How to Paint Pressure Treated Wood

Paint Pressure Treated Wood

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Project Overview
  • Working Time: 1 - 2 hrs
  • Total Time: 1 - 2 days
  • Skill Level: Beginner
  • Estimated Cost: $20 to $50

Pressure-treated wood is incredibly hardy, but it doesn't last forever. Its surface can become gray and splintery, which in turn accelerates the weathering process. Or the reddish-brown or natural tone of new pressure-treated wood may not suit a homeowner or do-it-yourselfer who wants a more vibrant color. Painting is a great option for brightening up the wood and for helping it to last longer.

Can You Paint Pressure-Treated Wood?

Pressure-treated (PT) wood has a copper azole liquid compound injected into the wood under high pressure. Copper helps to preserve the wood.

Pressure-treated wood can be painted. Before painting, the wood must be dry both on the surface and internally.

By contrast, before applying stain, pressure-treated wood only needs to be dry on the surface—not necessarily inside, too. The distinction is important because some wood coatings, like stain, are breathable. Other coatings such as paint lock in moisture.

Should You Paint Your Pressure-Treated Wood?

New pressure-treated wood is designed to be exposed to the elements; it needs no additional coating for preservation.

Climate, maintenance, project type, and species of wood play into the lifespan of pressure-treated wood. Pressure-treated pine, fir, or hem-fir that is kept relatively dry and maintained with water repellant can last 20 to 40 years.

When pressure-treated wood's copper treatment has lost its effectiveness, painting with exterior-grade paint is a good option to help with preservation.


If purchasing new pressure-treated wood, one alternative to painting is to order color-tinted pressure-treated wood. Usually available in wood tones such as redwood, walnut, or cedar, color-tinting gives the wood deep color and protection that lasts longer than a paint coating.

Before You Begin

Painting over pressure-treated wood with high moisture content can result in the paint peeling, cracking, blistering, or changing colors.

Test the internal dryness of the pressure-treated wood with a moisture meter. For exterior wood, aim for moisture levels of 15 percent or less. If the pressure-treated wood will be inside, it should be around 12 percent or less. For new pressure-treated wood, this could mean allowing several weeks of drying time before painting.

Pinless moisture meters calculate internal moisture content with an electromagnetic sensor. Pin-style meters require tiny holes drilled in the wood. Meters can be rented or they can be purchased for around $75 to $175.

What You'll Need

Equipment / Tools

  • Paint roller
  • Roller cover with 3/8-inch nap
  • Brush
  • 5-gallon bucket
  • Roller screen
  • Putty knife
  • Brush with nylon bristles
  • Moisture meter


  • Exterior primer
  • Exterior paint
  • Two-part moldable epoxy resin kit (optional)
  • Two-part epoxy wood consolidant
  • Oxygenated cleaner


  1. Clean Surface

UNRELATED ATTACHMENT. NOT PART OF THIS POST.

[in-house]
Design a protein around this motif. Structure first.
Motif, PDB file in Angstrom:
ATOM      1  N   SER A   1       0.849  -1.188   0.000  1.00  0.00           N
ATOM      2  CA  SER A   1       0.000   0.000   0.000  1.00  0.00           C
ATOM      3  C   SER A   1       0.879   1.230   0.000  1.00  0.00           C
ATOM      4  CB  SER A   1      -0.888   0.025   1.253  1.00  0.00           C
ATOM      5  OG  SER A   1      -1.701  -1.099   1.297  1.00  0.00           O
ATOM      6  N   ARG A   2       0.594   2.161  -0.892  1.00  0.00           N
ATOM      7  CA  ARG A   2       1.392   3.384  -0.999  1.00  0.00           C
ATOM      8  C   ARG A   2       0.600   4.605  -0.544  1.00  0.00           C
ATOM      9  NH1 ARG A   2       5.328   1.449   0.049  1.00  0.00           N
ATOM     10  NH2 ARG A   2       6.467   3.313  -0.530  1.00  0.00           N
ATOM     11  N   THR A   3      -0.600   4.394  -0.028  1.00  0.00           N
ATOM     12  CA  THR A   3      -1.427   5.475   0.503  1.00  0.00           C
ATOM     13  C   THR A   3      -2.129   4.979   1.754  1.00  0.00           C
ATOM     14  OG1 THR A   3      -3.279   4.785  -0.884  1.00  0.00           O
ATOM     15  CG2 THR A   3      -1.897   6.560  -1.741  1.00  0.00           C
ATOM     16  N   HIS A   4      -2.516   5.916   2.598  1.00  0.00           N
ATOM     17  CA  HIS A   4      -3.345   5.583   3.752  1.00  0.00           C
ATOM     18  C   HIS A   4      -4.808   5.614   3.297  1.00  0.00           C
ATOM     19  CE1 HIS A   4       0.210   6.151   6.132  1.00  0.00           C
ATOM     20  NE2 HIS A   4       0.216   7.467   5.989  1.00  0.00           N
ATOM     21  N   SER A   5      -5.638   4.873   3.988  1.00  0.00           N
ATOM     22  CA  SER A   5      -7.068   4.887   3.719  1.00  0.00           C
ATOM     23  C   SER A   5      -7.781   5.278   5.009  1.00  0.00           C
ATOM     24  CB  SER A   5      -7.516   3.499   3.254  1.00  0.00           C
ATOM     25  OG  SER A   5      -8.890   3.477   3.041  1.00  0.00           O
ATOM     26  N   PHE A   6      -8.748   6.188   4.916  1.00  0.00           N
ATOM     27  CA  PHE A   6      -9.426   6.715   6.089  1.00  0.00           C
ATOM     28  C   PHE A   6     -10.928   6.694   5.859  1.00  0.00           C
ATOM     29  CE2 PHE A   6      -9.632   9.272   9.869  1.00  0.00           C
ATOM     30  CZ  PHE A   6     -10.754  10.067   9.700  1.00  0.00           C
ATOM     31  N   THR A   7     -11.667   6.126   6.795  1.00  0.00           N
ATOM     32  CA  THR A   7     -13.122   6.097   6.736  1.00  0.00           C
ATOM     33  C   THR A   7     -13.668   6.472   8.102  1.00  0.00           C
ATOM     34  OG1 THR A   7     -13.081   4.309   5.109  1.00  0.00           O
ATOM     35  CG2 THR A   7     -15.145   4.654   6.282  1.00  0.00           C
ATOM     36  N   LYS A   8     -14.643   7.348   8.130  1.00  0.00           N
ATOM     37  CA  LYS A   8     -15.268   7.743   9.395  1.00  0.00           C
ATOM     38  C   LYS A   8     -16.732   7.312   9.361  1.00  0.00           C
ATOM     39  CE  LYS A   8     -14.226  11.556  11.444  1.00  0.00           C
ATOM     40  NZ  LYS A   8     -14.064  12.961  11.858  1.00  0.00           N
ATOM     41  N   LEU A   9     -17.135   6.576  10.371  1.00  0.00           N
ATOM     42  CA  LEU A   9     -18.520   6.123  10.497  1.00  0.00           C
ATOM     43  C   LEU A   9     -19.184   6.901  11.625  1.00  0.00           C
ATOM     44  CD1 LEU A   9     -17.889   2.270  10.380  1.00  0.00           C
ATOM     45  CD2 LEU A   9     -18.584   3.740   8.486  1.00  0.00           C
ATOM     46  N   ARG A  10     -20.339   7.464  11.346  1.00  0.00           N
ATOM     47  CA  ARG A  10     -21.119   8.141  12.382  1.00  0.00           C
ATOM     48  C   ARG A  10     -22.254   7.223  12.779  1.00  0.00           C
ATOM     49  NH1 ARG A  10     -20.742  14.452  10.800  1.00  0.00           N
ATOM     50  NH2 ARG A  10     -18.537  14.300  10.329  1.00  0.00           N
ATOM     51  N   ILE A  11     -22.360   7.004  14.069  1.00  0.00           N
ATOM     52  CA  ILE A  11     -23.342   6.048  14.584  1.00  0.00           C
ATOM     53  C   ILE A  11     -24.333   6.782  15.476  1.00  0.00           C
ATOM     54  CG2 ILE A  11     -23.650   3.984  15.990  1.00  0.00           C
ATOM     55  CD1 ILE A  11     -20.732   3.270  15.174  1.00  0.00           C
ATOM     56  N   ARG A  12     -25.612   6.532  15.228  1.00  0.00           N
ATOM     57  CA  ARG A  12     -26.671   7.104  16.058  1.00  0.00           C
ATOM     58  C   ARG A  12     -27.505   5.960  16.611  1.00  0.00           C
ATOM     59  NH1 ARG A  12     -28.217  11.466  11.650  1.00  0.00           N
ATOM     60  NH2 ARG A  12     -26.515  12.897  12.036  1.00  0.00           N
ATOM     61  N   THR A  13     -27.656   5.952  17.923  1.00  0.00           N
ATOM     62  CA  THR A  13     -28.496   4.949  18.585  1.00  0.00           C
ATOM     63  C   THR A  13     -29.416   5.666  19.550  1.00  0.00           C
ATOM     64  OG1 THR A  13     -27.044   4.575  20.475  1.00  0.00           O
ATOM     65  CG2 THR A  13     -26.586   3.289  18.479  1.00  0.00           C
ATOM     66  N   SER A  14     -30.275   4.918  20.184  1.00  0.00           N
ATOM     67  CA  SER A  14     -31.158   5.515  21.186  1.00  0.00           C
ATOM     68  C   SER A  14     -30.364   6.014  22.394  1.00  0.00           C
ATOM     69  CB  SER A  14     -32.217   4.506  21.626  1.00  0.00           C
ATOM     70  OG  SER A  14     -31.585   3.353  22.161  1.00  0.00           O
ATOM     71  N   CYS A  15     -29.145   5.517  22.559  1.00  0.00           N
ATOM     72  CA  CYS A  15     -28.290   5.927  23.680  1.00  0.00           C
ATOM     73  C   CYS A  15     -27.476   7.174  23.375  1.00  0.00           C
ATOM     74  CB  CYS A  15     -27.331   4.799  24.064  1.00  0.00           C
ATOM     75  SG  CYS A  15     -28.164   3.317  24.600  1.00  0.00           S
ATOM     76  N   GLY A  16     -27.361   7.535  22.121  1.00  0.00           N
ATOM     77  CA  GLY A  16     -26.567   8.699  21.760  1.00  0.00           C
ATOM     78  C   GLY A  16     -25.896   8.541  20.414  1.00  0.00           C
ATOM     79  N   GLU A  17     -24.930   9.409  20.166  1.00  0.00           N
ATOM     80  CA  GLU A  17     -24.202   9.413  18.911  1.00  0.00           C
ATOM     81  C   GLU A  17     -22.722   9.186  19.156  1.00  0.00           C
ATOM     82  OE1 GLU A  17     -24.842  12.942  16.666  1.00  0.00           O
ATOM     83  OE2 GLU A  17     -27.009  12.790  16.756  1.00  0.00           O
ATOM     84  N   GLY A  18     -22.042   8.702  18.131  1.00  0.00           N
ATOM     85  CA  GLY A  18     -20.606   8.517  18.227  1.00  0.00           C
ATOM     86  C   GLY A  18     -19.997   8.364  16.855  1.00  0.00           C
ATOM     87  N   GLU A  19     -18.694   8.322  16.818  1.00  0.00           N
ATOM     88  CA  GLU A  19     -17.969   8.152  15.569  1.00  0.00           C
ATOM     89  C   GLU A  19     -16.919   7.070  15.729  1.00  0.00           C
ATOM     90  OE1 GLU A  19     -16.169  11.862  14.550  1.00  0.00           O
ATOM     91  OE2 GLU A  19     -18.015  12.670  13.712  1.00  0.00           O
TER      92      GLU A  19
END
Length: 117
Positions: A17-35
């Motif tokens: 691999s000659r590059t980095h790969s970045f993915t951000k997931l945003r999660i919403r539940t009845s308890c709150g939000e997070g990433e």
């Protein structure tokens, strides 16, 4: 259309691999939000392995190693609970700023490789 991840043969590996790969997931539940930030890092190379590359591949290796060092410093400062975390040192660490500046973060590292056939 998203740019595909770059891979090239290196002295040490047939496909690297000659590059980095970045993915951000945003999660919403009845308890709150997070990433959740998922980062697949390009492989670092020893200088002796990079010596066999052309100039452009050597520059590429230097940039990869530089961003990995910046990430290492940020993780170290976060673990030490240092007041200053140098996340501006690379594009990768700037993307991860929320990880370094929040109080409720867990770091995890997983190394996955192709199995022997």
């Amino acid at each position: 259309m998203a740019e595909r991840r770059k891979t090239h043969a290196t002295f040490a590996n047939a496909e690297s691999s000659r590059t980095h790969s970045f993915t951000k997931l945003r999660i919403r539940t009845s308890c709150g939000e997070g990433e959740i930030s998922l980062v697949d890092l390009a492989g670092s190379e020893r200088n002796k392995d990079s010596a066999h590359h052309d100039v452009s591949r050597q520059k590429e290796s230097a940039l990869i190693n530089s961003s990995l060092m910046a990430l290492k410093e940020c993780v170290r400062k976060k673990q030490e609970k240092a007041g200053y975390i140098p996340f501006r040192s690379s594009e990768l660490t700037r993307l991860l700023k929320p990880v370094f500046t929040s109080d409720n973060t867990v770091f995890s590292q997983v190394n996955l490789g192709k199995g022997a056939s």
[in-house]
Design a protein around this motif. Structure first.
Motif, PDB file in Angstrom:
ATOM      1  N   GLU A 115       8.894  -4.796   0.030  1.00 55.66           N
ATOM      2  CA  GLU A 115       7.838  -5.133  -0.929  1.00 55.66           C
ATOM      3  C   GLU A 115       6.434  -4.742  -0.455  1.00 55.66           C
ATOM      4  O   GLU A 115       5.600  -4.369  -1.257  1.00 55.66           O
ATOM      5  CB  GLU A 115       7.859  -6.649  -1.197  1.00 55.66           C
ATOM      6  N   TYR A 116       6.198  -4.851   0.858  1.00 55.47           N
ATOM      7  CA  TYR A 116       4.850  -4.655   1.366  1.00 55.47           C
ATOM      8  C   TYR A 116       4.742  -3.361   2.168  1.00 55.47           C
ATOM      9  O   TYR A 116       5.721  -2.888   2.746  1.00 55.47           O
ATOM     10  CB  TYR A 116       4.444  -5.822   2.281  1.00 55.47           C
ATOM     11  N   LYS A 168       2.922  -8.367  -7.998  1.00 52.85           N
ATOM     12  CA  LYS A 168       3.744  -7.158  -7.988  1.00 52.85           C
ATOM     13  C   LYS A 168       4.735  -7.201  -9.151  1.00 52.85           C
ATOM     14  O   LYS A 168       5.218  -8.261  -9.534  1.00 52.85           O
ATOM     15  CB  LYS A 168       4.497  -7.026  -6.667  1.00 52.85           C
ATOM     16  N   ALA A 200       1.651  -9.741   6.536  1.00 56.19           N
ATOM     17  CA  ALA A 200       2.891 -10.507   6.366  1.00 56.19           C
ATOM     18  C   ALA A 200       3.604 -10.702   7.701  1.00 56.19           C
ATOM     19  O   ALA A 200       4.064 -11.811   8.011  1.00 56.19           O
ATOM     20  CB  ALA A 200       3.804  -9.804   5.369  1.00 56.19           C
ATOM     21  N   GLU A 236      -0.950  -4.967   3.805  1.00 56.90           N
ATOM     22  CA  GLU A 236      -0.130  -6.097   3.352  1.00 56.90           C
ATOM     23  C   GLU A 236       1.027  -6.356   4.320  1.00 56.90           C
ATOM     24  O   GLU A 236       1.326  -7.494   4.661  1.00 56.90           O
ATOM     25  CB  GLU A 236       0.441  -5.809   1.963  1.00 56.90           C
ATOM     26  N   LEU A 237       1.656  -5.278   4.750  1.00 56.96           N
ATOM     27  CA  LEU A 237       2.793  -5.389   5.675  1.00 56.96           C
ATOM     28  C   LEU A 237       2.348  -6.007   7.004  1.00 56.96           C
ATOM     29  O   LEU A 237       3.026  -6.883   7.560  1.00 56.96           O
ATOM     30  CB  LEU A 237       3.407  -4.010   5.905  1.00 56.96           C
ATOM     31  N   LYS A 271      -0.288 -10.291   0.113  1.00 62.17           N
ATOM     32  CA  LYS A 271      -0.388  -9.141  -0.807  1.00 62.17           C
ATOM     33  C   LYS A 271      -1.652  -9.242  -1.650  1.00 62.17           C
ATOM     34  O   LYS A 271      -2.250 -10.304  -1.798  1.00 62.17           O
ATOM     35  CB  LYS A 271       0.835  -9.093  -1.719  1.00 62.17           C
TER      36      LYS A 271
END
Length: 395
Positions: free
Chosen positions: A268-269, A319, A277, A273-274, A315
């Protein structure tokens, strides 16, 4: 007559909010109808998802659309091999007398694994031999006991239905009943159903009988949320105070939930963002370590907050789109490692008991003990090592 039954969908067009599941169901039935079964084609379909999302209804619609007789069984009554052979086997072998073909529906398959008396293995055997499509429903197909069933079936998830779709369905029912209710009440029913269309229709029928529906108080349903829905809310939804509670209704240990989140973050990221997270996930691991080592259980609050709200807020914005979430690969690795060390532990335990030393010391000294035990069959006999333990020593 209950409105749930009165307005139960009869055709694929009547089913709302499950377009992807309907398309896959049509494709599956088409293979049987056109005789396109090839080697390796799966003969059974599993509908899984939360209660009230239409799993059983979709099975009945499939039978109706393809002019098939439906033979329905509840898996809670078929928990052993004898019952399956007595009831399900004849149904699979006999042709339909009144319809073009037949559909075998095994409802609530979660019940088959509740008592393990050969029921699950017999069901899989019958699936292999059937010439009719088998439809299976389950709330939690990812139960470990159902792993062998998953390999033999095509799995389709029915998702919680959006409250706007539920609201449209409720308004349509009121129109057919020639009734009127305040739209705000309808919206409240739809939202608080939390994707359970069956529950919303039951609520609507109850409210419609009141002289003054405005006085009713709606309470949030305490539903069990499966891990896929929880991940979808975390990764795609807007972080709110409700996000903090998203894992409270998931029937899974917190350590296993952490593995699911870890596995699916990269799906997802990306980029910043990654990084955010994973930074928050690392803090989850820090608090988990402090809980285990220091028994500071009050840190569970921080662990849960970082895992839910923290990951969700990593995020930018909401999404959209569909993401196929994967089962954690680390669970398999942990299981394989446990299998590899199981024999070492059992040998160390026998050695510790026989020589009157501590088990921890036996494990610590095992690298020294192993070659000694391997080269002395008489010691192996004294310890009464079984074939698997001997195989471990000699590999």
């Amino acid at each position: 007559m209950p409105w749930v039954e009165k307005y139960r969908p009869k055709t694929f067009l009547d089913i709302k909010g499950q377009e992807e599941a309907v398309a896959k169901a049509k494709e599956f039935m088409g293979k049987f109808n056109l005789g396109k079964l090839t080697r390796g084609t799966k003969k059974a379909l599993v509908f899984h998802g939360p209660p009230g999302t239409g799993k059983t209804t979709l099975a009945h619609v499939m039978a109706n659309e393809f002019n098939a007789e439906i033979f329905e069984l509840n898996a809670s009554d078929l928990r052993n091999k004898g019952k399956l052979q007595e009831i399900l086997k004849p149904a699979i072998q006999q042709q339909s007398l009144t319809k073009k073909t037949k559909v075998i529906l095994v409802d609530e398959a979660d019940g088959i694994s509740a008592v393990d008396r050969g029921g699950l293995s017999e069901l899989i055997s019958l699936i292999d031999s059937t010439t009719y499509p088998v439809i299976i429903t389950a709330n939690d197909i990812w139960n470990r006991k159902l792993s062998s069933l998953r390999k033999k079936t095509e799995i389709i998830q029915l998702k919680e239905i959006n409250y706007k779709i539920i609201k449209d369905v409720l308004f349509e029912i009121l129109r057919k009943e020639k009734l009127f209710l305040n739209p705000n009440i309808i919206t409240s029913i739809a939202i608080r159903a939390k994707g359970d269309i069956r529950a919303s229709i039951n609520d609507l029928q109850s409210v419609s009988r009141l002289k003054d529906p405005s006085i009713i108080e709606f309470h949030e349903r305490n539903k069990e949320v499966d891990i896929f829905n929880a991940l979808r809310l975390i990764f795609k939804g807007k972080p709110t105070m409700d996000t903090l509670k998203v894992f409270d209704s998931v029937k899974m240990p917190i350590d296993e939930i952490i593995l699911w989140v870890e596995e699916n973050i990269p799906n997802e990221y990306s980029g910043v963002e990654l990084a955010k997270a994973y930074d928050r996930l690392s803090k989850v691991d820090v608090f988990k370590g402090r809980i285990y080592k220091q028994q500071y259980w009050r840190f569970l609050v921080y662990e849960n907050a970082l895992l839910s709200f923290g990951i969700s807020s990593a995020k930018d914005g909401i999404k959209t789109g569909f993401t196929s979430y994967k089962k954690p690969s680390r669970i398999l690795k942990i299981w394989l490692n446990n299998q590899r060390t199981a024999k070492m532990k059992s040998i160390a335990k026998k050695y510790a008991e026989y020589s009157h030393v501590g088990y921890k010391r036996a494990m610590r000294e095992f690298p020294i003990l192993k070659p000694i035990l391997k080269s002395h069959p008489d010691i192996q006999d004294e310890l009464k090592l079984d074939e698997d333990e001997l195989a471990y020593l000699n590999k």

Use a nylon-bristle brush and an oxygenated cleaner or deck brightener to remove dirt, mold, and mildew from the surface of the pressure-treated wood. Areas closer to the ground get dirtier due to splashing. Sections of the wood facing away from the sun are more prone to mold and moss growth.

  2. Patch Wood

    Patch large cracks in pressure-treated wood with epoxy resin. Use a two-part epoxy wood consolidant before applying the epoxy resin.

  3. Test Moisture Content

    After the wood has completely dried from cleaning, use the moisture meter to test the pressure-treated wood's internal dryness.

    To test the external dryness, sprinkle a few drops of water on the surface of the wood. If the water quickly soaks in, the surface of the wood is dry enough to be painted.

  4. Brush Primer on Wood

    Pour the primer into the 5-gallon bucket and add the roller screen to the side (inside of bucket). Use the brush to prime narrow, recessed, or high areas that the paint roller will not reach.

  5. Roll Primer on Wood

    Switch to using the roller for large and flat sections. Paint by first dipping the roller cover in the primer, then rolling it out on the screen. Move the roller to the pressure-treated wood. Roll in small sections of about 4 feet by 4 feet. Take your time and work slowly.

  6. Brush Paint on Wood

    Let the primer dry for 30 to 60 minutes. Clean out the paint bucket and roller screen. Add paint to the bucket and stir thoroughly. As with the primer, use the brush to address areas that the roller will not fully reach.


    Box paint for better color consistency. To box paint, add several gallons of the same color paint in a large container, then mix.

  7. Roll Paint on Wood

    Use the paint roller with a fresh roller cover to paint the wood. Apply one coat, then allow it to dry. Paint recoat waiting times can be as little as a half-hour for flat paint and up to three hours or even more for a glossy paint. Apply the second coat when dry.

When to Call a Professional

Small-scale painting projects are manageable by most do-it-yourselfers. But large-scale projects, such as painting a deck or fence, may require the assistance of a professional painting company.

Article Sources
The Spruce uses only high-quality sources, including peer-reviewed studies, to support the facts within our articles. Read our editorial process to learn more about how we fact-check and keep our content accurate, reliable, and trustworthy.
  1. Overview of Wood Preservative Chemicals. United States Environmental Protection Agency.

  2. Lebow, Stan, et al. Long-Term Durability of Pressure-Treated Wood in a Severe Test Site. Advances in Civil Engineering Materials. 2013;2(1):178–188. doi:10.1520/ACEM20120054